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Kenya expects increased investment with reduced spectrum fees

Ruling may help local players rather than entice international telcos

With its recent move to reduce spectrum fees, the Communications Commission of Kenya (CCK) is expecting increased investment in underserved areas and lower costs to the consumer.

The move is more likely to benefit incumbent operators more than new market entrants, even though the regulator expects new investors to enter the market and take advantage of lower upfront spectrum fees and offer competition to existing platers.

"The objective is probably more to make the market more competitive, particularly on the small service provider side, than on attracting large foreign investors into telecoms infrastructure," said Dobek Pater, senior telecoms analyst with Africa Analysis.

Under the new licensing regime, annual license operating fees for mobile operators drop from 0.5 percent to 0.4 percent of annual gross turnover while fees for mobile wireless access were reduced by 41 percent for the transmitters and 24 percent for fixed links. In its first review since year 2000, the CCK introduced geographical zoning, which reduces infrastructure costs in underserved areas like North Eastern Kenya by 50 percent.

"This is a significant development which will go a long way in reducing the overall cost of conducting telecoms business in Kenya," said Nzioka Waita, Safaricom corporate affairs director. "With this step, the CCK has signaled its pro-investment stance and on our part it will certainly support our already aggressive network investment plans."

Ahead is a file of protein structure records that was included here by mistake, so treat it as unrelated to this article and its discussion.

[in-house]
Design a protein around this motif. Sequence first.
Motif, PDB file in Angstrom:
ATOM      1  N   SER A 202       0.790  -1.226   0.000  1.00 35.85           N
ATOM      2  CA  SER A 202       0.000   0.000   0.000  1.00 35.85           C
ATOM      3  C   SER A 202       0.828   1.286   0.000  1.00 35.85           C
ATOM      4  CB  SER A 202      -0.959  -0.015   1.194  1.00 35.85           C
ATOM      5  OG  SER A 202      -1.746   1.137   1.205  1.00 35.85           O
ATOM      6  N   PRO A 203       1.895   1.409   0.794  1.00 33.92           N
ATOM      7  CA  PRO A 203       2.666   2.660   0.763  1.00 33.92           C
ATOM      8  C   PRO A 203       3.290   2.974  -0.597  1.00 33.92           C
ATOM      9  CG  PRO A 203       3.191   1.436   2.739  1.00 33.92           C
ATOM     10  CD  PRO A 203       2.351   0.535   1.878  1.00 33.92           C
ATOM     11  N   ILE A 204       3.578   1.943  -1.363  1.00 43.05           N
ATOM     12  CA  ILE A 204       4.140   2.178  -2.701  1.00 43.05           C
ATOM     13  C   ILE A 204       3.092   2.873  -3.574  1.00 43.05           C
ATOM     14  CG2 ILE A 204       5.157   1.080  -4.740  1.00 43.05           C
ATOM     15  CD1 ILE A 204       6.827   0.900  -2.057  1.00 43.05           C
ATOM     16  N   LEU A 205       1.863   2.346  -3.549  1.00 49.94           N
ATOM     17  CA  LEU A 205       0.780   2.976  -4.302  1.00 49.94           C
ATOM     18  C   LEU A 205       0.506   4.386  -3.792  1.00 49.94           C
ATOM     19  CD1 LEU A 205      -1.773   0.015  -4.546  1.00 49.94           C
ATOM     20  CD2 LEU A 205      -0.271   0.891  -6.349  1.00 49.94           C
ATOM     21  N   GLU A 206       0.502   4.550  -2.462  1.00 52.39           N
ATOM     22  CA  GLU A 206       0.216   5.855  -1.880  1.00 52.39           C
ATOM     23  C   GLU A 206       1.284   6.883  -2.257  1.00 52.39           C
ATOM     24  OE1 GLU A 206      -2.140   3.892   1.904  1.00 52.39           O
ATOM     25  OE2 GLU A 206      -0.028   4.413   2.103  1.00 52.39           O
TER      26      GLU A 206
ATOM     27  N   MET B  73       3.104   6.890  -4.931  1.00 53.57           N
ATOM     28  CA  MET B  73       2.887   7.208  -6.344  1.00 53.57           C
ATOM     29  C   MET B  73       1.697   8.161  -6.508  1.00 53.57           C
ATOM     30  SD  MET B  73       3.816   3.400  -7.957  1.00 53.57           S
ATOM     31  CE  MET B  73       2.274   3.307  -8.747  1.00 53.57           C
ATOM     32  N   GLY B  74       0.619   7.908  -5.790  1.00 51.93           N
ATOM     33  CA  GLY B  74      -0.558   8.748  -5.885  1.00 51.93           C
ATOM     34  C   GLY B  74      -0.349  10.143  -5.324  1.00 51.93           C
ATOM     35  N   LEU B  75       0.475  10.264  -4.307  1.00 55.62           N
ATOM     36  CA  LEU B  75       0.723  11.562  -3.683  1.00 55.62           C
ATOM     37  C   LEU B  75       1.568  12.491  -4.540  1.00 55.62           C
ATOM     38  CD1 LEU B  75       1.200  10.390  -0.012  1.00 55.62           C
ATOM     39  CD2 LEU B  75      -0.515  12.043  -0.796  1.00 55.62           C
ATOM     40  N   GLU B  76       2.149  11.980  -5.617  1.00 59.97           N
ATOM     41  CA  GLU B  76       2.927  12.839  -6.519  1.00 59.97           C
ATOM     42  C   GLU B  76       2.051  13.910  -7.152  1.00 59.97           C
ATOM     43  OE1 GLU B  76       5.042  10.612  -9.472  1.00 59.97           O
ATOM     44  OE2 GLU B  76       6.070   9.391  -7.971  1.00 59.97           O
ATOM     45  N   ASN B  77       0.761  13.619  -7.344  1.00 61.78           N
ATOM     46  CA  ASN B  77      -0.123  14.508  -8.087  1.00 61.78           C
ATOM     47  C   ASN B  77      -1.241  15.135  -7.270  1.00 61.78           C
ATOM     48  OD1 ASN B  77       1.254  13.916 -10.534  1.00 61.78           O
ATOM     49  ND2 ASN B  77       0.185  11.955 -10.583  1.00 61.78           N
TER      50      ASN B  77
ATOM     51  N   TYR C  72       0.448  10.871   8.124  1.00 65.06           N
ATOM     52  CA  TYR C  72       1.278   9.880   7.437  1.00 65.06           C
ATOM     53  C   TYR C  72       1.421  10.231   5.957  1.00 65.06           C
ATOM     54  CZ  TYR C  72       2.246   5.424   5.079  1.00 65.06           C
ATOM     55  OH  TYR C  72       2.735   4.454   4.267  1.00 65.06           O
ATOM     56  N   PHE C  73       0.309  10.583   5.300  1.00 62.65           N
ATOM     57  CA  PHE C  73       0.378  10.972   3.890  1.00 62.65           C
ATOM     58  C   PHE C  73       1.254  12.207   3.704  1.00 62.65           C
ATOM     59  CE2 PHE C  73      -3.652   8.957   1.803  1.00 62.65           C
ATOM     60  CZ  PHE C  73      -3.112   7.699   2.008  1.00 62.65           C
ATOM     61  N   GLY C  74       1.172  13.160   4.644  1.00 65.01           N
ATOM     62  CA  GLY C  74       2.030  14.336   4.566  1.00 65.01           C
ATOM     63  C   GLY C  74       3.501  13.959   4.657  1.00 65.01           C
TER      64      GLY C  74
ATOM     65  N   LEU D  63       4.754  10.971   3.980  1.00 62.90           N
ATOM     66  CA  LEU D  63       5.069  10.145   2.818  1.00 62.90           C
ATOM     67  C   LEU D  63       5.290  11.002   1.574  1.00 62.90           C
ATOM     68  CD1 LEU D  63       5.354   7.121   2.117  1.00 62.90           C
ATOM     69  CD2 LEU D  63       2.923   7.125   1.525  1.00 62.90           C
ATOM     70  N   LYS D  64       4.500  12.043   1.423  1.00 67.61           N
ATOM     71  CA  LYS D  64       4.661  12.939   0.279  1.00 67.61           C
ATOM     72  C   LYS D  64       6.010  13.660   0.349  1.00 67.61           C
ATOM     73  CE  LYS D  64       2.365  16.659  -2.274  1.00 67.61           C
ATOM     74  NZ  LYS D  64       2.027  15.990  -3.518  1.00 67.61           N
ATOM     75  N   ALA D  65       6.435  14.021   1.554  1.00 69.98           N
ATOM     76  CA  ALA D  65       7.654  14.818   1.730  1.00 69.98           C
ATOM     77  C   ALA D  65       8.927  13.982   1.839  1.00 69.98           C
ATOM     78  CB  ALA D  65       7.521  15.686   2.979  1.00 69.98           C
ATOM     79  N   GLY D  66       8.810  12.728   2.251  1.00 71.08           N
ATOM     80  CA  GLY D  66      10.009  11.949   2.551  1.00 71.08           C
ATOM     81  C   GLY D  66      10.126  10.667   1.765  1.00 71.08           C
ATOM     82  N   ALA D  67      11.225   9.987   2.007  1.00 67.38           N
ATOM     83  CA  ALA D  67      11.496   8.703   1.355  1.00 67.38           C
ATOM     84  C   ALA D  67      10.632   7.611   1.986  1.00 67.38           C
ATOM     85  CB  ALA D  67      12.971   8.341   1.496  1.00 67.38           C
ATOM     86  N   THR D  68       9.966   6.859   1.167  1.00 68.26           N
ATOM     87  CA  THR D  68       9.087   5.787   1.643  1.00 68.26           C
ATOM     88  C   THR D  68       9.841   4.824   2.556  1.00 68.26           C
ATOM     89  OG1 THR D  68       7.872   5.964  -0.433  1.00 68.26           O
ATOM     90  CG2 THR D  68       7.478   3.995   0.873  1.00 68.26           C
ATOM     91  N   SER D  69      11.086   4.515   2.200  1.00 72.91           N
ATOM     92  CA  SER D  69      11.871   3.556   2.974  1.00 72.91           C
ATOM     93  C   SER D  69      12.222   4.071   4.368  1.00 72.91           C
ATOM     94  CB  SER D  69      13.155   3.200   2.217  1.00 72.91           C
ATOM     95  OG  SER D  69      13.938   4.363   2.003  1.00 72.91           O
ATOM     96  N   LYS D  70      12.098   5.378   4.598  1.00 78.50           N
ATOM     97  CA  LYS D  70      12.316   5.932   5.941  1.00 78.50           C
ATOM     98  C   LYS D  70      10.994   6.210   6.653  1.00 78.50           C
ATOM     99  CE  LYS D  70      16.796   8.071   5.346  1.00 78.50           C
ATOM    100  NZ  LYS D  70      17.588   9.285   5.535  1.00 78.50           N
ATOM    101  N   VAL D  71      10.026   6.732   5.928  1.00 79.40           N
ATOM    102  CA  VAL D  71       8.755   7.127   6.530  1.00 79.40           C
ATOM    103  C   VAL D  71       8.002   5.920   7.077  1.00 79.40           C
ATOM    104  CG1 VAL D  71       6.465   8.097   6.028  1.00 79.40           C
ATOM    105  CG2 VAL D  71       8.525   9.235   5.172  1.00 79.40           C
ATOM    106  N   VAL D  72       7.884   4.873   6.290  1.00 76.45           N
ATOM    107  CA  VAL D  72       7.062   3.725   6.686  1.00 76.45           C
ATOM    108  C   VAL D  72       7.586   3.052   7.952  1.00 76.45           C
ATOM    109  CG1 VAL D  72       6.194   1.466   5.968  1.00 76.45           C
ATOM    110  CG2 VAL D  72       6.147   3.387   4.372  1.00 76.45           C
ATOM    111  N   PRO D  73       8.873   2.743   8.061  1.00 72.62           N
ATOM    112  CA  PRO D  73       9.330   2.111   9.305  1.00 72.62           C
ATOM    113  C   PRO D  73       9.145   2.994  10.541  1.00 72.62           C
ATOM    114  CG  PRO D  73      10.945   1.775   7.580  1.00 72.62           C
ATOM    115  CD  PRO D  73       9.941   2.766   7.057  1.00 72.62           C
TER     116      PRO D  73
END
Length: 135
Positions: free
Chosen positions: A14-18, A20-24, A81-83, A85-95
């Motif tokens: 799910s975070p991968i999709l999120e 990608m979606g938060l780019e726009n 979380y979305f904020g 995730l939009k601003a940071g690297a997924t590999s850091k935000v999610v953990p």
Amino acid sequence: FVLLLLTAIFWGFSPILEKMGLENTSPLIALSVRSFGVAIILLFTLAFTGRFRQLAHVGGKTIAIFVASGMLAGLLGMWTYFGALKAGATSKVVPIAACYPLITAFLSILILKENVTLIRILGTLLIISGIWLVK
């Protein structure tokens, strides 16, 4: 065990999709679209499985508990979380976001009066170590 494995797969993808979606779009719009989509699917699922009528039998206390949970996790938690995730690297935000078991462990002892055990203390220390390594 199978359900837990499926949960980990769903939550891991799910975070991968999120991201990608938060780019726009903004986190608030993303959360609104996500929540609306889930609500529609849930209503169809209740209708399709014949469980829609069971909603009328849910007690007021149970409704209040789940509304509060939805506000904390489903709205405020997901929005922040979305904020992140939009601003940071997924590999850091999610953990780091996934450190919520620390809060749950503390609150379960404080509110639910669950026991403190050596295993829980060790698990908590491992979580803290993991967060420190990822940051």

The biggest incentive in the announcement is the reduction in costs of setting up infrastructure in rural and underserved areas.

"The good news in this announcement is that there is a real tax incentive to build towers in under-serviced areas," said Steve Song, CEO and founder of the Village Telco, a company that pushes for affordable rural connectivity.  "Government needs this kind of incentive to replace other issues like high interconnection fees that operators have argued that the must have to cover the cost of rural roll-out."

However, Africa Analysis' Pater does not view the reduced fees as an automatic reason for companies to invest in rural and underserved areas, since license fees may not be the only consideration.

"The main consideration will be -- is there a business case to deploy more infrastructure in northern Kenya, is there sufficient demand now and in the future to make a profit from infrastructure deployed or services offered?" Pater said.

Tinyiko Valoyi, CEO of Mavoni Telecoms, an investment vehicle that is focused on acquiring spectrum in African countries to deploy 4G networks, said the market should exercise some caution because spectrum is not the only challenge in deploying networks in under-served areas.

Other challenges include the cost of building an access network; backhaul capacity and interconnection; operational costs like salaries and distribution channels; electricity costs and availability and tower rentals.

"The CCK and other African regulators should go a step further and significantly lower interconnect rates for operators that are going to establish networks especially in rural areas while also giving further incentives to those that share facilities through co-location," Valoyi said. "This will encourage operators to invest in underserved areas and create more competition that will deliver affordable access and ultimately universal access."

The reduction in fees was also meant to even out costs across the East Africa region and make it easier for regulators to collaborate in different jurisdictions. The East Africa Community is comprised of Tanzania, Uganda, Rwanda, Kenya and Burundi. Previously, operators have cited lack of regulatory coordination as a major bottleneck to network expansion.

"This will allow regional operators to be more efficient operationally, and will lead to greater ICT integration within the region -- good for end users moving around the region, particularly enterprises and business individuals," added Pater.

While the cost of connectivity is not expected to fall drastically for end users, analysts agree that competition is likely to allow smaller companies to focus on niche markets and to provide a bigger array of value added services.


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